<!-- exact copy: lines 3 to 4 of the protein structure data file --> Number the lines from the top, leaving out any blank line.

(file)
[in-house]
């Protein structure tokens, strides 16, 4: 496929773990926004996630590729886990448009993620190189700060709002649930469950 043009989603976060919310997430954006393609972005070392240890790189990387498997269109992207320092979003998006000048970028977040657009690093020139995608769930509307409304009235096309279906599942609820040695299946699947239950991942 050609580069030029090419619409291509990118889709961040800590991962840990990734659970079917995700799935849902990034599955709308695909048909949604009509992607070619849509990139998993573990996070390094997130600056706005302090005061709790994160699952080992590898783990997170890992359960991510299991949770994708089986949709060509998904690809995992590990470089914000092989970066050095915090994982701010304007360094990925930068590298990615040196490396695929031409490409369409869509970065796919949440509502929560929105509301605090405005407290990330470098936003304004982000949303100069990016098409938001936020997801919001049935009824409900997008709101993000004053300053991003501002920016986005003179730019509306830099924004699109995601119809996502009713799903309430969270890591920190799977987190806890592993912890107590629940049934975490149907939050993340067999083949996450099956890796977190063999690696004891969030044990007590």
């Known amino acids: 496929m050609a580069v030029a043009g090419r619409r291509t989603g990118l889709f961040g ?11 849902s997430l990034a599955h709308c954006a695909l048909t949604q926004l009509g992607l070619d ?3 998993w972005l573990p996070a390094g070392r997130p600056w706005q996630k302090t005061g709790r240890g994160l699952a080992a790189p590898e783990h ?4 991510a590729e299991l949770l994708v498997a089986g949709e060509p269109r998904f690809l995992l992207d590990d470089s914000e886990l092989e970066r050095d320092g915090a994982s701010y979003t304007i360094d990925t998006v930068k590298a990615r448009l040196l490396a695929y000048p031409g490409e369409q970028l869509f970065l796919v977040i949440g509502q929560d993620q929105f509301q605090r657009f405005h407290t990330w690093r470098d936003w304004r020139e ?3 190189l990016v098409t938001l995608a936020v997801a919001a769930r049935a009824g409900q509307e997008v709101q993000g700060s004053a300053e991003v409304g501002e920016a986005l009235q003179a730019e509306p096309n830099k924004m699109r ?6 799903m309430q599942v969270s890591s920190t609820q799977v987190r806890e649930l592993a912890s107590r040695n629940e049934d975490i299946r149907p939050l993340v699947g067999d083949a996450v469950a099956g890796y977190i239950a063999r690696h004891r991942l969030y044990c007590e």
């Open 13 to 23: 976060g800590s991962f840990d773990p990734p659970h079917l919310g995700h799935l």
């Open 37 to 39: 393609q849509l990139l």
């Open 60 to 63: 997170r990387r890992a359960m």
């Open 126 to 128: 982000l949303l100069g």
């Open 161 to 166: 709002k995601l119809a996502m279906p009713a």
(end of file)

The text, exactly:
């Known amino acids: 496929m050609a580069v030029a043009g090419r619409r291509t989603g990118l889709f961040g ?11 849902s997430l990034a599955h709308c954006a695909l048909t949604q926004l009509g992607l070619d ?3 998993w972005l573990p996070a390094g070392r997130p600056w706005q996630k302090t005061g709790r240890g994160l699952a080992a790189p590898e783990h ?4 991510a590729e299991l949770l994708v498997a089986g949709e060509p269109r998904f690809l995992l992207d590990d470089s914000e886990l092989e970066r050095d320092g915090a994982s701010y979003t304007i360094d990925t998006v930068k590298a990615r448009l040196l490396a695929y000048p031409g490409e369409q970028l869509f970065l796919v977040i949440g509502q929560d993620q929105f509301q605090r657009f405005h407290t990330w690093r470098d936003w304004r020139e ?3 190189l990016v098409t938001l995608a936020v997801a919001a769930r049935a009824g409900q509307e997008v709101q993000g700060s004053a300053e991003v409304g501002e920016a986005l009235q003179a730019e509306p096309n830099k924004m699109r ?6 799903m309430q599942v969270s890591s920190t609820q799977v987190r806890e649930l592993a912890s107590r040695n629940e049934d975490i299946r149907p939050l993340v699947g067999d083949a996450v469950a099956g890796y977190i239950a063999r690696h004891r991942l969030y044990c007590e």
């Open 13 to 23: 976060g800590s991962f840990d773990p990734p659970h079917l919310g995700h799935l």